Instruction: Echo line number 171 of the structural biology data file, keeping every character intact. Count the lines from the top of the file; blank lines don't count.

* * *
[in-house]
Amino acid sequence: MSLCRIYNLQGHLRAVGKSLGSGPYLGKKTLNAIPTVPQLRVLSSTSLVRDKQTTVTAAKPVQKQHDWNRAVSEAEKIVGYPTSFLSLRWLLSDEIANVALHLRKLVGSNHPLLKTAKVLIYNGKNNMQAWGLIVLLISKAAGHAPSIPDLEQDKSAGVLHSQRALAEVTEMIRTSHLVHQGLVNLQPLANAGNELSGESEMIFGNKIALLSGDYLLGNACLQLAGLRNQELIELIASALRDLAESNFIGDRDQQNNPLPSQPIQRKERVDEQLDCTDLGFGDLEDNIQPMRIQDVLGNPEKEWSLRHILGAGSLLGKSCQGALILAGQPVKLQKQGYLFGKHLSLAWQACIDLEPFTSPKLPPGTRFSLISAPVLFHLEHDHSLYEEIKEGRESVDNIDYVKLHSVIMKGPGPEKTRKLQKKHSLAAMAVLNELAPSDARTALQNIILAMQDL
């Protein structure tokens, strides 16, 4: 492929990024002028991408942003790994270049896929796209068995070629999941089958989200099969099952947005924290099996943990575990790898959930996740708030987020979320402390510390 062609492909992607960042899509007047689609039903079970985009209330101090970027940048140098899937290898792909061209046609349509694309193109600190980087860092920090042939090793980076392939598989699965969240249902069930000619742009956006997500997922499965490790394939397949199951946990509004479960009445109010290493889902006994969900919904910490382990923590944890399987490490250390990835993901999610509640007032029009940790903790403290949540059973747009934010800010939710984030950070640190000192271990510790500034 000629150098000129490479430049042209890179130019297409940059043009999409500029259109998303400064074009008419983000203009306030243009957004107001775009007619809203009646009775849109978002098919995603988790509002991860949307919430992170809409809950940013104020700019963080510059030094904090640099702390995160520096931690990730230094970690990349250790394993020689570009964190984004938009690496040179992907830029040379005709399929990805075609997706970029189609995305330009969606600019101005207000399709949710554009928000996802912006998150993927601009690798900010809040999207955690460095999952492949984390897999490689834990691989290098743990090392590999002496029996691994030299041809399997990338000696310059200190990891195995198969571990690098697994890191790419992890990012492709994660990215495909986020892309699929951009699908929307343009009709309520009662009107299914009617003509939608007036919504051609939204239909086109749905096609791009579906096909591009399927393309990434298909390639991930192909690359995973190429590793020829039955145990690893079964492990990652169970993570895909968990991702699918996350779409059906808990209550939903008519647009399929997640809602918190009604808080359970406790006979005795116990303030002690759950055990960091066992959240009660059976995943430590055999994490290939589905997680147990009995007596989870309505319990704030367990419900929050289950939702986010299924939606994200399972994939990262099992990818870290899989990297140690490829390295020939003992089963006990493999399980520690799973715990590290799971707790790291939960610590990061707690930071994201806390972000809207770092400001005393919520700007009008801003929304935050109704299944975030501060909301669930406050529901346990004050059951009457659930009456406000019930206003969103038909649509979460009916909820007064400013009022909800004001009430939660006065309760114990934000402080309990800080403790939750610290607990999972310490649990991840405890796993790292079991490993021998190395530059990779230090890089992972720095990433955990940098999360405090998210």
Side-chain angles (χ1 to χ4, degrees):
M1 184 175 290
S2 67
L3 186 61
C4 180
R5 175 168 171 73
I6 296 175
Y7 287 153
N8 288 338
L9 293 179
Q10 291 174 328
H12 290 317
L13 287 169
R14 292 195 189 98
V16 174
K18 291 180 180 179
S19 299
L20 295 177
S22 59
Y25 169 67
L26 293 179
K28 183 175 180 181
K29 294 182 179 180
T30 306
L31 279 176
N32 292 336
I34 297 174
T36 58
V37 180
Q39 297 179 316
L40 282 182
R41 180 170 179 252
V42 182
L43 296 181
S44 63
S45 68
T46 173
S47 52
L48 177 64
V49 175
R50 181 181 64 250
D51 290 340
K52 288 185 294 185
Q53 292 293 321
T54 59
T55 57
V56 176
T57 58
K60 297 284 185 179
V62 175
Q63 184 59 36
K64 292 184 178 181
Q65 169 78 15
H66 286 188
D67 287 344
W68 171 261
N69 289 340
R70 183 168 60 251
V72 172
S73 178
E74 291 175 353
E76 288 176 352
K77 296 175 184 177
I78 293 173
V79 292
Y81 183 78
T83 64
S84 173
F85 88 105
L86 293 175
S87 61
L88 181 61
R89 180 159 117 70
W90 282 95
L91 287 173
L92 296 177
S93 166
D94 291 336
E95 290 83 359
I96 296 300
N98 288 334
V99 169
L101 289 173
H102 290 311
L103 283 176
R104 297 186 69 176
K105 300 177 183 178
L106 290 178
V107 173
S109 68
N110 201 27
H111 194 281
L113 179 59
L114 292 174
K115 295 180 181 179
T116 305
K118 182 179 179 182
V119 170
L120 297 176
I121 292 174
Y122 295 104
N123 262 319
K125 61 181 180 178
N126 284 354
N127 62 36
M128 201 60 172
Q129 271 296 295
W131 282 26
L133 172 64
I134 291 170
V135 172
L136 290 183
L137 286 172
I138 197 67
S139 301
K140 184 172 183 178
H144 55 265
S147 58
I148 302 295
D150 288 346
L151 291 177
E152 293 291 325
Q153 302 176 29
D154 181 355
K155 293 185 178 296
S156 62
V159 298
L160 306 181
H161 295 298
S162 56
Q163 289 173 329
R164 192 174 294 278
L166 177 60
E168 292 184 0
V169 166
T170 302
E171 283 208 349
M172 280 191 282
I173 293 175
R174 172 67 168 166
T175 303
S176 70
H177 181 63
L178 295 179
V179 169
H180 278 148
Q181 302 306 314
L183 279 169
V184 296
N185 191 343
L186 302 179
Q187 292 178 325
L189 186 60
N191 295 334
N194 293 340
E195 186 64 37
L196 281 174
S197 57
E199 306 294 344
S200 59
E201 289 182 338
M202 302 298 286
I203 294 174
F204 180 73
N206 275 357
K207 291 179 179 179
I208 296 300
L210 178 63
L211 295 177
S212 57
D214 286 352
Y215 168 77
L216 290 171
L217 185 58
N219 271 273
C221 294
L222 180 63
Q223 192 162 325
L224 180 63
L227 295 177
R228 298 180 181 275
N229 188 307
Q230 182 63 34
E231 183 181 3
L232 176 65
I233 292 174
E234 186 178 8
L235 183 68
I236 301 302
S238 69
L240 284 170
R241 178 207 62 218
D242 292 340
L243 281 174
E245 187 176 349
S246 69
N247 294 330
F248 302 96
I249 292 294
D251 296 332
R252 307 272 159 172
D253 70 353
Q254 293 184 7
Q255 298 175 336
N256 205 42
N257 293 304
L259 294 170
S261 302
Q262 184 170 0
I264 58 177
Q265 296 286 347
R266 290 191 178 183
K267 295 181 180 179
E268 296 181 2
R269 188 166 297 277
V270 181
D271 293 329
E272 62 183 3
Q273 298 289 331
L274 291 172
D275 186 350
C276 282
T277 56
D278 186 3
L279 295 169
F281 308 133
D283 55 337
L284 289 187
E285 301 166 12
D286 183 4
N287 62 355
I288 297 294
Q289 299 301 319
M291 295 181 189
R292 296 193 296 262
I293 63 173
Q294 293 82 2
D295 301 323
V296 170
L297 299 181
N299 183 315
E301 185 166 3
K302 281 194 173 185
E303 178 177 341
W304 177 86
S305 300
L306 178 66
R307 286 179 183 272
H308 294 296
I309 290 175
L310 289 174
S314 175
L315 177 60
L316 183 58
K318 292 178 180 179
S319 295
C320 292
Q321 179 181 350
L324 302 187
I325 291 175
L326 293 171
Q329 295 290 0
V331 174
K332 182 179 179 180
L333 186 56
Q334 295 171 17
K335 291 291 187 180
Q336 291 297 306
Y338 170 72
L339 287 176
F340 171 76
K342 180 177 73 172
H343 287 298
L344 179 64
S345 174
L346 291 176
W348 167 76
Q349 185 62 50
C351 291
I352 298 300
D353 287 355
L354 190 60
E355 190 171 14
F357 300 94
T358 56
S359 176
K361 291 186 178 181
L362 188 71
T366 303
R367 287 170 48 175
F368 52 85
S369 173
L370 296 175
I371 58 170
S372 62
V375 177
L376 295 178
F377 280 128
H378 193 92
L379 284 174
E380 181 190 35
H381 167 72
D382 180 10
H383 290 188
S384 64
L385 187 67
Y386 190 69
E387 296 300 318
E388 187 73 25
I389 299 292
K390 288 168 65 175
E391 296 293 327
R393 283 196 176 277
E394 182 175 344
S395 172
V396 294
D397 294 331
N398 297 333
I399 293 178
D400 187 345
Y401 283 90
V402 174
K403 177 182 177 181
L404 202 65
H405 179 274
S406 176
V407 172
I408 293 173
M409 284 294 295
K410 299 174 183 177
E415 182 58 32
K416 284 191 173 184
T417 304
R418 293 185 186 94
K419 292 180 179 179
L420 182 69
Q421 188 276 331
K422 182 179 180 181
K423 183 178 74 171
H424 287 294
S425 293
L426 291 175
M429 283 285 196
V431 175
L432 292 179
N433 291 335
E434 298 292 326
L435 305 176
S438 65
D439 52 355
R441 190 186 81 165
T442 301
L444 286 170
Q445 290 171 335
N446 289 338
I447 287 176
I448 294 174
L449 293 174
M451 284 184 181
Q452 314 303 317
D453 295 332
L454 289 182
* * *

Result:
L210 178 63